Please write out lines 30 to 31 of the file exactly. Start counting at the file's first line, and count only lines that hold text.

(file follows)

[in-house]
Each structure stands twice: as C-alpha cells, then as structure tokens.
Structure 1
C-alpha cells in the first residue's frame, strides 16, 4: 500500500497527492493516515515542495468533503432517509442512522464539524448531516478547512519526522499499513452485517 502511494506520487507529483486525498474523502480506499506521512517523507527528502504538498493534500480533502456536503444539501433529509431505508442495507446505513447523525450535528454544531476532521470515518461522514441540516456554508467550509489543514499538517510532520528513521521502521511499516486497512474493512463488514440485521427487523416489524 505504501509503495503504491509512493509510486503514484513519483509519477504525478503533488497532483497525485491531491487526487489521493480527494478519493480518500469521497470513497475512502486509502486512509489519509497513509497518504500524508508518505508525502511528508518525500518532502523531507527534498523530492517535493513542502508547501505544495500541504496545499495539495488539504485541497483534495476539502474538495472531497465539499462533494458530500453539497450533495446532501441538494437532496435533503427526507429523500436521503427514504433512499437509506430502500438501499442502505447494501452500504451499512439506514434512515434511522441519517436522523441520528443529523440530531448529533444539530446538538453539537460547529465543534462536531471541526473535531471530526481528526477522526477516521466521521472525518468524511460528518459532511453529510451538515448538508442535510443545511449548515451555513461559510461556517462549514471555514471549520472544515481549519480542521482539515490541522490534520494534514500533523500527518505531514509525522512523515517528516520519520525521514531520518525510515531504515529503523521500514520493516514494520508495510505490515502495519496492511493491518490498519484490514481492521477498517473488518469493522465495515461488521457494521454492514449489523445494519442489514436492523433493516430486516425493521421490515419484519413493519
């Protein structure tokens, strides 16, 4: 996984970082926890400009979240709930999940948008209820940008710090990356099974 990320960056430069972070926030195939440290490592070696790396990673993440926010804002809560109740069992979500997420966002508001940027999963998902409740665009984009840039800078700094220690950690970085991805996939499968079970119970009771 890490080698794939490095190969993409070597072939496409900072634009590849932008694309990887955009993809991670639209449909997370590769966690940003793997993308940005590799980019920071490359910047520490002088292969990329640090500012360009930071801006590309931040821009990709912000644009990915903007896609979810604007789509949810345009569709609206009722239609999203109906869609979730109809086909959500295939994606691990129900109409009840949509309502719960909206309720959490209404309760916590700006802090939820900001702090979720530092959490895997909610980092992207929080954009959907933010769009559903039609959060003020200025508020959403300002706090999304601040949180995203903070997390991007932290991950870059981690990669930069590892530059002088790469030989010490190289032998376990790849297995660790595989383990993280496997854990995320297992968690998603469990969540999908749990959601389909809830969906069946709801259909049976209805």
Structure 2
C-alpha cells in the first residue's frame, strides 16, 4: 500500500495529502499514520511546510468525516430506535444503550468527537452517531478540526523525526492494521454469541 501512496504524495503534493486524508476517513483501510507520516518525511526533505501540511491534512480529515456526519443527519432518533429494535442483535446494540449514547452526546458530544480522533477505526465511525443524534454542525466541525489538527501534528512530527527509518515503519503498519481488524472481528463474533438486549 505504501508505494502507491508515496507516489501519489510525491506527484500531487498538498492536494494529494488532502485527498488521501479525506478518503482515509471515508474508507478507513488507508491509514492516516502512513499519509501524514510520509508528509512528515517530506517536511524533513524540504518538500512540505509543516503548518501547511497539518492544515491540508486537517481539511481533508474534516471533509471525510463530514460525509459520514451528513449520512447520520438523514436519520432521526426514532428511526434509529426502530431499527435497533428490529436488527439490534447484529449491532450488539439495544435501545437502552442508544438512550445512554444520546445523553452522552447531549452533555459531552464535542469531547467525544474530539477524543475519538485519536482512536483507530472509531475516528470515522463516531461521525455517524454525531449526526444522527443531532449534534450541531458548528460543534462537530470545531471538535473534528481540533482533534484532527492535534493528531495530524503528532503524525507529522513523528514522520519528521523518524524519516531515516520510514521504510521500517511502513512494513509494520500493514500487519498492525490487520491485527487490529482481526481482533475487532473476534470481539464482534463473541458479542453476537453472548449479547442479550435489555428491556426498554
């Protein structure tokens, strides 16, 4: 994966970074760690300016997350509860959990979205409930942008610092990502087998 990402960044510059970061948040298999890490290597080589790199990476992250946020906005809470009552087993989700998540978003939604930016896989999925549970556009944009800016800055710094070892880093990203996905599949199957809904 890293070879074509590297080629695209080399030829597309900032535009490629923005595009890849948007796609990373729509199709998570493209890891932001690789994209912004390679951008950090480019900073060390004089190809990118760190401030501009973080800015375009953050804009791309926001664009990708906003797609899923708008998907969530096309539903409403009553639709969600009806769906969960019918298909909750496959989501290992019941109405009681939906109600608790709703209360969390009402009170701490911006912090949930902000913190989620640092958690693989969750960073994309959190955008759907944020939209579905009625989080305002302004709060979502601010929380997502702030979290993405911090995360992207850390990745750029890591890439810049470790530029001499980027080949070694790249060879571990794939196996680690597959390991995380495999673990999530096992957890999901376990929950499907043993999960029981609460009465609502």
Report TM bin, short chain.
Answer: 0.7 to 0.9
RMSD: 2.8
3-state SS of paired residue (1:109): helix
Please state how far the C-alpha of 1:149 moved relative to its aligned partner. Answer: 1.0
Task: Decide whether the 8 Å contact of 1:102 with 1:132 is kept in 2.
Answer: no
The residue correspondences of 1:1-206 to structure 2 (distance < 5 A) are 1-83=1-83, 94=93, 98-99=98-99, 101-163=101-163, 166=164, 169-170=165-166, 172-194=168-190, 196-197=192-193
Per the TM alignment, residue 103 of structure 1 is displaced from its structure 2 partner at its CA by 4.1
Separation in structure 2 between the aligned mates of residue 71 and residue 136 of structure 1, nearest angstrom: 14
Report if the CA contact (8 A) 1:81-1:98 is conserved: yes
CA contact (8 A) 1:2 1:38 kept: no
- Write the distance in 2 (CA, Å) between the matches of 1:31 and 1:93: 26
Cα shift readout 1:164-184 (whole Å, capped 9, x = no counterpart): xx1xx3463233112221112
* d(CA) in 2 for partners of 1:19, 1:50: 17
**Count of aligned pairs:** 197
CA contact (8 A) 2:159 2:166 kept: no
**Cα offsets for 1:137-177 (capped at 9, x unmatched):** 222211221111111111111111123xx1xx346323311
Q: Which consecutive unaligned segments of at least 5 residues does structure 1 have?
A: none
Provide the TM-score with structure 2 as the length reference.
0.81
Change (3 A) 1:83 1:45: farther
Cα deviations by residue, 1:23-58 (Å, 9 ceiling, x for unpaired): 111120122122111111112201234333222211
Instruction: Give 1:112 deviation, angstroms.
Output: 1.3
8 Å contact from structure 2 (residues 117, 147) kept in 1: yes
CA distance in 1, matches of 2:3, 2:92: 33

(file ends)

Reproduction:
0.81
Change (3 A) 1:83 1:45: farther